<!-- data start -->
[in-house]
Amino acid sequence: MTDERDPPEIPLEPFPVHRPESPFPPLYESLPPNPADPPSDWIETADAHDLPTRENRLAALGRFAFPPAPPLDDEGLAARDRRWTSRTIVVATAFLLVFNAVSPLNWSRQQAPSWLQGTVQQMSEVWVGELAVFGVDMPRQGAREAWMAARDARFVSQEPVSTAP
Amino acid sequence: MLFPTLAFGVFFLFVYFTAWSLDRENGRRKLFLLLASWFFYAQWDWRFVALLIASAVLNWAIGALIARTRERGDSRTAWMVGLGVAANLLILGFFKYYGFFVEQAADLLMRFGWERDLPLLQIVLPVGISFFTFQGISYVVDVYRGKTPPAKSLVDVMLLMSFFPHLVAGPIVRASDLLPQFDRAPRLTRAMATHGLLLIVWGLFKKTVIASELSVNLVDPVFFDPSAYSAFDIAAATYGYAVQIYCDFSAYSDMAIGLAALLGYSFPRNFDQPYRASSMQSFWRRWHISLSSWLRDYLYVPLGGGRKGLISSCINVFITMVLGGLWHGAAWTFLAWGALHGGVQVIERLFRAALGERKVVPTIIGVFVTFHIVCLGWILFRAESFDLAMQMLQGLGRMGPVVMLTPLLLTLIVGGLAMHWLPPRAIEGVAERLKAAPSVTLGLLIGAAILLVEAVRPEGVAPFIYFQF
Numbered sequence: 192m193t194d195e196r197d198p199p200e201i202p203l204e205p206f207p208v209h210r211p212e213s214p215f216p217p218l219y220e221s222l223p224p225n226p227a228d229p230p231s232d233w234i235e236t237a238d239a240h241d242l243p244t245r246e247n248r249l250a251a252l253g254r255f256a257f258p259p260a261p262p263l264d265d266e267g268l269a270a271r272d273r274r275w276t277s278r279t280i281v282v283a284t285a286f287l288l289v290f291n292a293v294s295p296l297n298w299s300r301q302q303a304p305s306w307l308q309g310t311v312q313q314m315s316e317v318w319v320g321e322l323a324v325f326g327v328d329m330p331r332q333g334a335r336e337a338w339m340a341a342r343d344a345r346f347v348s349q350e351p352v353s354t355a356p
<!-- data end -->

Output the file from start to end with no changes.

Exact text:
[in-house]
Amino acid sequence: MTDERDPPEIPLEPFPVHRPESPFPPLYESLPPNPADPPSDWIETADAHDLPTRENRLAALGRFAFPPAPPLDDEGLAARDRRWTSRTIVVATAFLLVFNAVSPLNWSRQQAPSWLQGTVQQMSEVWVGELAVFGVDMPRQGAREAWMAARDARFVSQEPVSTAP
Amino acid sequence: MLFPTLAFGVFFLFVYFTAWSLDRENGRRKLFLLLASWFFYAQWDWRFVALLIASAVLNWAIGALIARTRERGDSRTAWMVGLGVAANLLILGFFKYYGFFVEQAADLLMRFGWERDLPLLQIVLPVGISFFTFQGISYVVDVYRGKTPPAKSLVDVMLLMSFFPHLVAGPIVRASDLLPQFDRAPRLTRAMATHGLLLIVWGLFKKTVIASELSVNLVDPVFFDPSAYSAFDIAAATYGYAVQIYCDFSAYSDMAIGLAALLGYSFPRNFDQPYRASSMQSFWRRWHISLSSWLRDYLYVPLGGGRKGLISSCINVFITMVLGGLWHGAAWTFLAWGALHGGVQVIERLFRAALGERKVVPTIIGVFVTFHIVCLGWILFRAESFDLAMQMLQGLGRMGPVVMLTPLLLTLIVGGLAMHWLPPRAIEGVAERLKAAPSVTLGLLIGAAILLVEAVRPEGVAPFIYFQF
Numbered sequence: 192m193t194d195e196r197d198p199p200e201i202p203l204e205p206f207p208v209h210r211p212e213s214p215f216p217p218l219y220e221s222l223p224p225n226p227a228d229p230p231s232d233w234i235e236t237a238d239a240h241d242l243p244t245r246e247n248r249l250a251a252l253g254r255f256a257f258p259p260a261p262p263l264d265d266e267g268l269a270a271r272d273r274r275w276t277s278r279t280i281v282v283a284t285a286f287l288l289v290f291n292a293v294s295p296l297n298w299s300r301q302q303a304p305s306w307l308q309g310t311v312q313q314m315s316e317v318w319v320g321e322l323a324v325f326g327v328d329m330p331r332q333g334a335r336e337a338w339m340a341a342r343d344a345r346f347v348s349q350e351p352v353s354t355a356p